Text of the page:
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Incorporation Of One-Sided And Unreasonable Clauses In Apartment Buyer's Agreement Constitutes An Unfair Trade Practice: Supreme Court

In the case of Ireo Grace Real Tech Pvt. Ltd. vs. Abhishekh Khanna & Others the appellant filed appeals to the National Consumer Disputes Redressal Commission, which ordered a refund of the amounts deposited by apartment buyers in the Corridors¯ project developed in Sector 67-A, Gurgaon, Haryana, due to the excessive delay in completing the construction and obtaining the Occupation Certificate. The appeal was filed under section 23 of the Consumer Protection Act by the appellant.

The case at hand talks about the scenario in which the license for construction was granted to the developer by the Department of Town and Country Planning for the development of a group housing colony on a large plot of land covering approximately 37.5125 acres, with various towers containing 1356 flats. The main crux of the case is about handing over the possession of the property.

The main reason which emerged in this case for the delay in possession was issuance of the NOC by the fire authority. The commissioner of Municipal corporation raised 16 objections regarding the proposed firefighting scheme (Letter dated 30.12.2013). The developer submitted on 22.01.2014 that the Commissioner's objections had been remedied. Municipal Corporation (Letter dated 28.03.2014) informed the developer that the inadequacies in application for fire NOC has not been rectified. The developer was granted 15 days™ time to rectify the defects. Failing which, the application would be deemed to be rejected. In the end on 27.11.2014, the director, Haryana Fire Service granted approval to the developer for the same.

The purchasers filed complaints before the National Commission seeking reimbursement of the instalments along with interest because, within the agreed period of 42 months + 6 months (grace period) the plaintiff had failed to grant possession. However, the purchase agreements prevented a buyer from terminating until 12 months after the expiry of the 42 + 6 months period, and further restricted compensation for delayed delivery to ā‚¹7.5 per square foot per month for a period of 12 months.

The developer said the National Commission did not have the power under the Consumer Protection Act to nullify the terms of a contract alleged to be unfair or one-sided. This is apparent by comparison with the provisions of the Consumer Protection Act 2019, which give the consumer forums this particular power. The National Commission disagreed and laid down in the purchase agreement that the offending clauses were unilateral and unfair. In addition to this National Commission also instructed the developer to repay the instalment it received together with the interest of 10% per annum.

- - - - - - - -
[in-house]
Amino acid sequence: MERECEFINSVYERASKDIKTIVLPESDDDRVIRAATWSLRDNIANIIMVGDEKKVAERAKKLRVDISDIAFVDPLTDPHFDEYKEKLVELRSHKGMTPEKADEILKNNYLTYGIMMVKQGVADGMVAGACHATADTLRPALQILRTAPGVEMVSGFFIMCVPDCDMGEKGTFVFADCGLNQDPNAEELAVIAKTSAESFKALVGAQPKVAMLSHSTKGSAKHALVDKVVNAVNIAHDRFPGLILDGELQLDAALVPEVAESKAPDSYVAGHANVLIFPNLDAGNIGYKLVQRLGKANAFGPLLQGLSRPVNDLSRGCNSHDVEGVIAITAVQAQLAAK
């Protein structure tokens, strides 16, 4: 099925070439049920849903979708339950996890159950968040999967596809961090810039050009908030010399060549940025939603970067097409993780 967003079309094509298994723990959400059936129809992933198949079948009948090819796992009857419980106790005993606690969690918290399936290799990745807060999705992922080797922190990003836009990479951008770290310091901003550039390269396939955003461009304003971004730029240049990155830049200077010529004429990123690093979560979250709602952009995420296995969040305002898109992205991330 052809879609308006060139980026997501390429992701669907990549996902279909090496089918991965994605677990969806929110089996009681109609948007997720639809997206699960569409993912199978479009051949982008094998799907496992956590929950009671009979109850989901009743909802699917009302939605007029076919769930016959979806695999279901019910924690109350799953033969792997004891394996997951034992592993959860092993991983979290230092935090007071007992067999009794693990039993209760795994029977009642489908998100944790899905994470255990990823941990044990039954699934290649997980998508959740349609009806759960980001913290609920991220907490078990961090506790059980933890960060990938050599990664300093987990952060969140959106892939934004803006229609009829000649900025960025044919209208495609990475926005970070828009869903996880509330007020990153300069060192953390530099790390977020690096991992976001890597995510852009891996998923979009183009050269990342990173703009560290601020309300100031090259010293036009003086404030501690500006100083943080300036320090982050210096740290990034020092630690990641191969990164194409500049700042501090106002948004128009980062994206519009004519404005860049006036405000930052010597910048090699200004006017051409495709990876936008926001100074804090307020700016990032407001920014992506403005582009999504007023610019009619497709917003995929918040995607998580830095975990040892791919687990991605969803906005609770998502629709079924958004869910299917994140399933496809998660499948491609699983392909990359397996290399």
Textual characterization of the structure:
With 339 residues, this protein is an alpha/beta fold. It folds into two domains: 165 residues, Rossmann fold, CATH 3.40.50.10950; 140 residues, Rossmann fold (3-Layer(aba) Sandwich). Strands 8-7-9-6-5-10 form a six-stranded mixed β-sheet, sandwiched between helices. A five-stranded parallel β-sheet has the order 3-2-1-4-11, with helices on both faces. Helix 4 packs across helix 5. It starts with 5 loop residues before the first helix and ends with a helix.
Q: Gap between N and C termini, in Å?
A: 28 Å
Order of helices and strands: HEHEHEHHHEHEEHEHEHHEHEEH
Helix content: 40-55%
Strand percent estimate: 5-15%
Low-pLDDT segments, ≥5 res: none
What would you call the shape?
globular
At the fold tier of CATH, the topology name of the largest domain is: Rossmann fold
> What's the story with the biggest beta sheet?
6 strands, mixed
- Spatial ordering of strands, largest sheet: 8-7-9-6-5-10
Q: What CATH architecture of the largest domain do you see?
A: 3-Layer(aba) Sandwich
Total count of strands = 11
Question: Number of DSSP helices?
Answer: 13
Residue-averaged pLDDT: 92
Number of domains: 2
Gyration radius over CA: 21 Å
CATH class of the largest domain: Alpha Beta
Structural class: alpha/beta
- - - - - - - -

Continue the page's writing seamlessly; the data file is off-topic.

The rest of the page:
The supreme court mentioned the Section 2(1)(C) of the 1986 Act which says that a complaint can be filed in respect of an unfair trade practice, and also mentioned the Section 2(1)(r) which provides an inclusive definition of an unfair trade practice. The Supreme Court held that the consumer for a are able to declare contractual terms as unfair or one sided:
as an incident of the power to discontinue unfair or restrictive trade practices¯. While the 2019 Act specifically defines an unfair contract¯ and says these can be declared null and void, this is only a statutory recognition of a power which was implicit under the 1986 Act¯.

The Supreme Court stated that delays in delivery of ownership amounted to a service deficiency which entitled the purchaser to a refund of the money paid together with a decent compensation. In accordance with the agreement of Rs. 7.5 per square foot per month, the compensation for delayed possession amounts to just 0.9% to 1% annual interest, which was clearly insufficient. In cases where the customer was entitled to a reimbursement, the Supreme Court directed interest payments to the buyer at 9% from the date of delivery to the actual reimbursement date.

The position in accordance with the 1986 Act is effectively equivalent to the 2019 Act, and the decision may not be restricted only to claims against developers. In addition this might require sellers and service providers, to review practices of the use of standardized take it out or leave contracts in their dealings with consumers by specifically including unfair contract provisions and the power to set the same aside under the 2019 Act.

A similar case also exists On April 2, 2019, the Supreme Court passed a judgment in the matter of Pioneer Urban Land & Infrastructure Limited v. Govindan Raghava, wherein the Court held that the incorporation of one-sided clauses in an Agreement constitutes the unfair trade practices within the meaning of Section 2(r) of the Consumer Protection Act, 1986, and such clauses cannot bind a party.

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